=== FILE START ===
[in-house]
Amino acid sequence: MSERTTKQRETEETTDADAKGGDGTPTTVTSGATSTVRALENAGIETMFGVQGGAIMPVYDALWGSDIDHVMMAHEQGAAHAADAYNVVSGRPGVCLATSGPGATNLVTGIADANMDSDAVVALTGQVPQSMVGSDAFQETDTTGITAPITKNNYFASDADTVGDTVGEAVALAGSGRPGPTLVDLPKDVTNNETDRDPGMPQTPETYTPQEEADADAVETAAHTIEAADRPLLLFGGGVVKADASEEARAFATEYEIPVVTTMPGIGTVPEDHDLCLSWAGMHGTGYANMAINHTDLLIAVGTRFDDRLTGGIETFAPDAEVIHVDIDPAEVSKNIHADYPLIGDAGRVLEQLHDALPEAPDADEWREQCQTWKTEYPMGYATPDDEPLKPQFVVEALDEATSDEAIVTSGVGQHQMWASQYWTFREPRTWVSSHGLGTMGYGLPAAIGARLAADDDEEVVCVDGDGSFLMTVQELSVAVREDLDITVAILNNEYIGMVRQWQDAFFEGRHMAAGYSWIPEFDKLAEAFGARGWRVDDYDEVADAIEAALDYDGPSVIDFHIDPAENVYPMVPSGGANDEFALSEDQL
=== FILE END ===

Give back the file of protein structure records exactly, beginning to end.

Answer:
[in-house]
Amino acid sequence: MSERTTKQRETEETTDADAKGGDGTPTTVTSGATSTVRALENAGIETMFGVQGGAIMPVYDALWGSDIDHVMMAHEQGAAHAADAYNVVSGRPGVCLATSGPGATNLVTGIADANMDSDAVVALTGQVPQSMVGSDAFQETDTTGITAPITKNNYFASDADTVGDTVGEAVALAGSGRPGPTLVDLPKDVTNNETDRDPGMPQTPETYTPQEEADADAVETAAHTIEAADRPLLLFGGGVVKADASEEARAFATEYEIPVVTTMPGIGTVPEDHDLCLSWAGMHGTGYANMAINHTDLLIAVGTRFDDRLTGGIETFAPDAEVIHVDIDPAEVSKNIHADYPLIGDAGRVLEQLHDALPEAPDADEWREQCQTWKTEYPMGYATPDDEPLKPQFVVEALDEATSDEAIVTSGVGQHQMWASQYWTFREPRTWVSSHGLGTMGYGLPAAIGARLAADDDEEVVCVDGDGSFLMTVQELSVAVREDLDITVAILNNEYIGMVRQWQDAFFEGRHMAAGYSWIPEFDKLAEAFGARGWRVDDYDEVADAIEAALDYDGPSVIDFHIDPAENVYPMVPSGGANDEFALSEDQL